On A Personal Note: My Thoughts On Crossfit

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Is Crossfit For You?

Over the last decade or so, Crossfit has been gaining a lot of traction amongst enthusiasts in the fitness community. I actually have quite a few friends that are VERY into it and have been urging me to try it for a while. So, I finally did. Here are my thoughts:

Crossfit Is Awesome!

Small Classes

For those that have never done Crossfit before, it’s not like a Gold’s Gym or a 24 Hour Fitness where you go in and do your own routine. The classes last about an hour long and each feature a WOD or “Workout Of The Day.” The great thing about these WOD’s is that they’re often strength or strength endurance based and the joy of it is that the class size is relatively small – only about five to ten people. This virtually allows for some hands on coaching from the trainers to help correct any movement issues you may have or not notice with the exercises you’re performing.

Sense Of Community

I was talking to my friend the other day about how weird gyms are. I mean really, don’t you people think it’s weird that you go in to a gym around the same time each day and see some of the same people day in and day out? How often do you ever say hi to those people? Do you ever get to know them? If that was your workplace odds are you would have formed a relationship with them by now. The gym is one of the only places where these relationships hardly ever foster. It’s just a weird concept to me how unfriendly people can be at the gym despite the fact that they see each other every single day. one of the great things about Crossfit is that the class sizes are small and the environment itself almost fosters interaction with other members. It’s a nice change of pace from the introverts that frequent the gym.

Diversity Of Workouts

Do you ever get bored of going to the gym because you’re bored of doing the same type of workouts? Yeah, that’s never going to happen with Crossfit. One of the great things about Crossfit is that the workouts are always different. It’s a great way to keep your body from adapting to your workouts and in this way, you’re more likely to keep that fat burner lit by keeping your body guessing.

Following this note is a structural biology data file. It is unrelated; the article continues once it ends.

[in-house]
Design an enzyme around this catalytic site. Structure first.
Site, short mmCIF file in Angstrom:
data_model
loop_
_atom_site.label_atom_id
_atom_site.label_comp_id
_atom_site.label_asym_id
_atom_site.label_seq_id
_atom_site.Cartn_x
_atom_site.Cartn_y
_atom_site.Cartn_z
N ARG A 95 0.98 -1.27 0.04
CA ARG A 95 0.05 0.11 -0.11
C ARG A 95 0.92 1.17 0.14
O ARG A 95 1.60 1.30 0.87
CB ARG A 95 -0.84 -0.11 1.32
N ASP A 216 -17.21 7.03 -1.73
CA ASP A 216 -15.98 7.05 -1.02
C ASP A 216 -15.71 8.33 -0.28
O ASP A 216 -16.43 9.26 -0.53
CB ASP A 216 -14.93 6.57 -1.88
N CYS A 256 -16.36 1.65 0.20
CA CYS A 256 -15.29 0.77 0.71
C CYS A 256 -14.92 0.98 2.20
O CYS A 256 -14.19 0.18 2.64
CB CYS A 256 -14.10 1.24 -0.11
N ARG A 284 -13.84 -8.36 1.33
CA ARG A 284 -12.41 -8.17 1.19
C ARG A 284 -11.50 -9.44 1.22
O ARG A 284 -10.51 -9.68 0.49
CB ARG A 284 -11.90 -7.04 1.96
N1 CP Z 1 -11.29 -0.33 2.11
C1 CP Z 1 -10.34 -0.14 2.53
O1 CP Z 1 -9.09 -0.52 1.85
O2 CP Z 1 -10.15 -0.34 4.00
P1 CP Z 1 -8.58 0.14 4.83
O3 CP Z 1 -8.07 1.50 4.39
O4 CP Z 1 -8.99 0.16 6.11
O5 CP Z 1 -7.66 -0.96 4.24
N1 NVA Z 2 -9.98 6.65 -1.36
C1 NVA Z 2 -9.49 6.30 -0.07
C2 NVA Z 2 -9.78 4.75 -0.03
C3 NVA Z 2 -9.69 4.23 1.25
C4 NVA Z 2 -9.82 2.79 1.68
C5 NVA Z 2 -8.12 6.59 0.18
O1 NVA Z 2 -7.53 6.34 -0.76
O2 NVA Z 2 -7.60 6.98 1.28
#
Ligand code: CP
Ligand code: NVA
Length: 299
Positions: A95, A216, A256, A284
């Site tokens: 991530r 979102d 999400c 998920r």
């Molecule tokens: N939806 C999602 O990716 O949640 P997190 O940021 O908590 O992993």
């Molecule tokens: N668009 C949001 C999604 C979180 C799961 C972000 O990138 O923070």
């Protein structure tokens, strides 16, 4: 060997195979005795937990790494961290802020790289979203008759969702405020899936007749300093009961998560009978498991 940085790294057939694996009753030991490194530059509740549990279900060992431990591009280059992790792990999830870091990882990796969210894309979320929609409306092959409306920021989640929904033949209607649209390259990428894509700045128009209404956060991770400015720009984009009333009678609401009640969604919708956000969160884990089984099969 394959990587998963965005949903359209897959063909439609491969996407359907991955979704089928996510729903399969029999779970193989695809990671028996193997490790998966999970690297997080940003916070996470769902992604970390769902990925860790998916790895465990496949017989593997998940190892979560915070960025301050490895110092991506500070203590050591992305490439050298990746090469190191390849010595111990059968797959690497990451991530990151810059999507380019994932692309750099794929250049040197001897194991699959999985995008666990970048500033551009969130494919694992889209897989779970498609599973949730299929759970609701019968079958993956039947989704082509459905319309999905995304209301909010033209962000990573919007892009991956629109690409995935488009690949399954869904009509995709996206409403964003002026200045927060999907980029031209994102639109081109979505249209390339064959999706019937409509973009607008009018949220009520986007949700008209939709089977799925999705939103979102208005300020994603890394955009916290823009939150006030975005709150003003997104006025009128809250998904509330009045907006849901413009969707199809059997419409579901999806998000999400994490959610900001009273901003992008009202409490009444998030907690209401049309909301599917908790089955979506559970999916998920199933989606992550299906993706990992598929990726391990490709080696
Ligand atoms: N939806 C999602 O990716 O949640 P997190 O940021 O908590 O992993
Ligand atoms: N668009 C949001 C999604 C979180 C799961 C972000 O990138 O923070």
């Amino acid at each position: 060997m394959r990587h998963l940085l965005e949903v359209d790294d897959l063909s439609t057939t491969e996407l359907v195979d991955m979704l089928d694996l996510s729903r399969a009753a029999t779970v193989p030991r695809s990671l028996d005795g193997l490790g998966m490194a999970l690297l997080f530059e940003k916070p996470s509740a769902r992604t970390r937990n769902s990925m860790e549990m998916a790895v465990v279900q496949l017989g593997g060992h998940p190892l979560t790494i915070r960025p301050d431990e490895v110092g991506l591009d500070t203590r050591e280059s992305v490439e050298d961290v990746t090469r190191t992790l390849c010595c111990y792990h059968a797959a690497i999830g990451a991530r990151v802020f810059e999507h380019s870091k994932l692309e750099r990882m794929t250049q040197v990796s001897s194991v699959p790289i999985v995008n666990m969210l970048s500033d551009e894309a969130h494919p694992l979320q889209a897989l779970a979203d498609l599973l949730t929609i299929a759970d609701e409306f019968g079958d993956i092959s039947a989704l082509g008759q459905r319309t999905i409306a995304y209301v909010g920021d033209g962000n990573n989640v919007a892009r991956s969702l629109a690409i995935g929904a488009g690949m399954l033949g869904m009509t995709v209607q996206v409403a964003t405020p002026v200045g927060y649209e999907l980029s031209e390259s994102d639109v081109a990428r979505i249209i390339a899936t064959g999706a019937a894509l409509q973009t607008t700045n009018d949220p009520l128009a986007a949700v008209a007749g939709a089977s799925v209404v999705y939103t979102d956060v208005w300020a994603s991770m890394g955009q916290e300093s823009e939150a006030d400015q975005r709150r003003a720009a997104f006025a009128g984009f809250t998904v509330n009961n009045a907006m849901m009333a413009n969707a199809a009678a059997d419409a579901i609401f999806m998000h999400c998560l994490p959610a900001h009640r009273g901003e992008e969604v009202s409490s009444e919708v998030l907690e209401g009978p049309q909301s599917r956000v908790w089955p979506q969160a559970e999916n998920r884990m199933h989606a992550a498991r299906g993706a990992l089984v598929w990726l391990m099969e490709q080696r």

The Focus On Simple Human Movement

There are some exercises that we as people simply do not need to do. Like those exercise machines at the gym where you sit down and spread your legs apart by pushing weight against them. That’s one of the dumbest exercise machines I’ve ever come across. The great thing about Crossfit is that the motions consist of movements we were actually designed for and NEED to incorporate into our lives. Twisting, pushing, pulling. Using legs to move weight – using your back to pull your body weight. Crossfit is great at developing functional strength which we can apply to our everyday life. Next time you’re using a crosswalk and need to jump out of the way of a car that doesn’t see you, that silly little leg spreader machine that you have been using isn’t going to help you jump up and over the car like some scene out of a superhero movie.

…But Crossfit Isn’t For Me (At Least Not Now)

Crossfit Doesn’t Fit Into My Work Schedule

For all of the fun and amazingness that Crossfit is, it just isn’t for me. For one reason, it doesn’t fit into my work schedule. I work three to four, twelve hour+ days a week. For the classes that Crossfit has to offer, it just doesn’t fit into how I want to train. For example, if I work on Monday/Tuesday, I would be doing a leg day on Sunday and then with the way that their workouts are scheduled, I’d getting back to do a leg day again on Wednesday. It’s just not the cycle of training that I want to do for my body and I’d like to be able to have more flexibility when it comes to training – especially which muscle groups I’m training. I often felt like legs were the muscle group of choice and that other muscle groups were being neglected.

The Monthly Membership Is Costly

$169 a month isn’t cheap. In fact, it’s money that I’d rather spend for other things such as paying off college debt or throwing into retirement. I also found that I was only having the time to go to the classes about three times a week. For paying that kind of membership, it’s just not worth it to me to pay that much when I’m unable to attend the classes that often. There’s also the option to pay on a “per class” basis for $20 bucks a class. That might be the better option for me or for other people that are unable to attend as frequently to make the cost of the membership worth it. Plus like I said, the way my schedule is I’d end up doing three straight days of legs – that’s not necessarily how I want to program my fitness routine.